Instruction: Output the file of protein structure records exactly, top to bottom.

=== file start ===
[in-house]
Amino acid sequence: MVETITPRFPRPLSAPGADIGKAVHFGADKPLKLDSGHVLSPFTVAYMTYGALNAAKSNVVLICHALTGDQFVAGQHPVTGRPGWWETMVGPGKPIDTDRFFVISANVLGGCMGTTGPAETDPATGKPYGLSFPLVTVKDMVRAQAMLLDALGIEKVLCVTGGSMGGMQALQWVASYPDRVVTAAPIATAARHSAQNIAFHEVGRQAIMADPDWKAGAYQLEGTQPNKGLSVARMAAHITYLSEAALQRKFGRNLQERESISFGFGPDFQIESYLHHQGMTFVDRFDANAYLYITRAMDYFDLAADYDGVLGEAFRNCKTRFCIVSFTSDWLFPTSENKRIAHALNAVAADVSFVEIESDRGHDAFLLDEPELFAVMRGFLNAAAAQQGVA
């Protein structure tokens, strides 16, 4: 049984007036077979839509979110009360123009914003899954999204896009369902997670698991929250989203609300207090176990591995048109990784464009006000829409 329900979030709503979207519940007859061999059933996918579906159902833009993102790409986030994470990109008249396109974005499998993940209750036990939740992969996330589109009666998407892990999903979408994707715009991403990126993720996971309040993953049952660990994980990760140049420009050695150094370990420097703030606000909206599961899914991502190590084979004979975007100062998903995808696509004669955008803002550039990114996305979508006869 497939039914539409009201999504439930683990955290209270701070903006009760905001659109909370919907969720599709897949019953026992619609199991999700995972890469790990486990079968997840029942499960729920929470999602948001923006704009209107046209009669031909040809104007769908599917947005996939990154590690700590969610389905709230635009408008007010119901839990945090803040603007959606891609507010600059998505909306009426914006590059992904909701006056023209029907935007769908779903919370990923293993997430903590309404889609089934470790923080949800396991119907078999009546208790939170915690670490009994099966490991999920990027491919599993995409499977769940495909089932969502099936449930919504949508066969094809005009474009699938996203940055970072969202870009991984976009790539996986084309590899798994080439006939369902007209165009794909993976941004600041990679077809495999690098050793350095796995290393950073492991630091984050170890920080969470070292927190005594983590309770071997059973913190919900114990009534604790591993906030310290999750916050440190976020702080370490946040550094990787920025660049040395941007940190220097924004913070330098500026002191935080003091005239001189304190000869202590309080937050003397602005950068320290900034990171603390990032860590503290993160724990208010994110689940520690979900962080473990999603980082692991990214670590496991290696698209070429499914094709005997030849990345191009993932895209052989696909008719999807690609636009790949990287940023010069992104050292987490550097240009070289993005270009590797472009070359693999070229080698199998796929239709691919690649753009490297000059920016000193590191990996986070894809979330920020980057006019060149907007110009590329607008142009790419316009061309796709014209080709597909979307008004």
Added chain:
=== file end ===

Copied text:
[in-house]
Amino acid sequence: MVETITPRFPRPLSAPGADIGKAVHFGADKPLKLDSGHVLSPFTVAYMTYGALNAAKSNVVLICHALTGDQFVAGQHPVTGRPGWWETMVGPGKPIDTDRFFVISANVLGGCMGTTGPAETDPATGKPYGLSFPLVTVKDMVRAQAMLLDALGIEKVLCVTGGSMGGMQALQWVASYPDRVVTAAPIATAARHSAQNIAFHEVGRQAIMADPDWKAGAYQLEGTQPNKGLSVARMAAHITYLSEAALQRKFGRNLQERESISFGFGPDFQIESYLHHQGMTFVDRFDANAYLYITRAMDYFDLAADYDGVLGEAFRNCKTRFCIVSFTSDWLFPTSENKRIAHALNAVAADVSFVEIESDRGHDAFLLDEPELFAVMRGFLNAAAAQQGVA
């Protein structure tokens, strides 16, 4: 049984007036077979839509979110009360123009914003899954999204896009369902997670698991929250989203609300207090176990591995048109990784464009006000829409 329900979030709503979207519940007859061999059933996918579906159902833009993102790409986030994470990109008249396109974005499998993940209750036990939740992969996330589109009666998407892990999903979408994707715009991403990126993720996971309040993953049952660990994980990760140049420009050695150094370990420097703030606000909206599961899914991502190590084979004979975007100062998903995808696509004669955008803002550039990114996305979508006869 497939039914539409009201999504439930683990955290209270701070903006009760905001659109909370919907969720599709897949019953026992619609199991999700995972890469790990486990079968997840029942499960729920929470999602948001923006704009209107046209009669031909040809104007769908599917947005996939990154590690700590969610389905709230635009408008007010119901839990945090803040603007959606891609507010600059998505909306009426914006590059992904909701006056023209029907935007769908779903919370990923293993997430903590309404889609089934470790923080949800396991119907078999009546208790939170915690670490009994099966490991999920990027491919599993995409499977769940495909089932969502099936449930919504949508066969094809005009474009699938996203940055970072969202870009991984976009790539996986084309590899798994080439006939369902007209165009794909993976941004600041990679077809495999690098050793350095796995290393950073492991630091984050170890920080969470070292927190005594983590309770071997059973913190919900114990009534604790591993906030310290999750916050440190976020702080370490946040550094990787920025660049040395941007940190220097924004913070330098500026002191935080003091005239001189304190000869202590309080937050003397602005950068320290900034990171603390990032860590503290993160724990208010994110689940520690979900962080473990999603980082692991990214670590496991290696698209070429499914094709005997030849990345191009993932895209052989696909008719999807690609636009790949990287940023010069992104050292987490550097240009070289993005270009590797472009070359693999070229080698199998796929239709691919690649753009490297000059920016000193590191990996986070894809979330920020980057006019060149907007110009590329607008142009790419316009061309796709014209080709597909979307008004």
Added chain: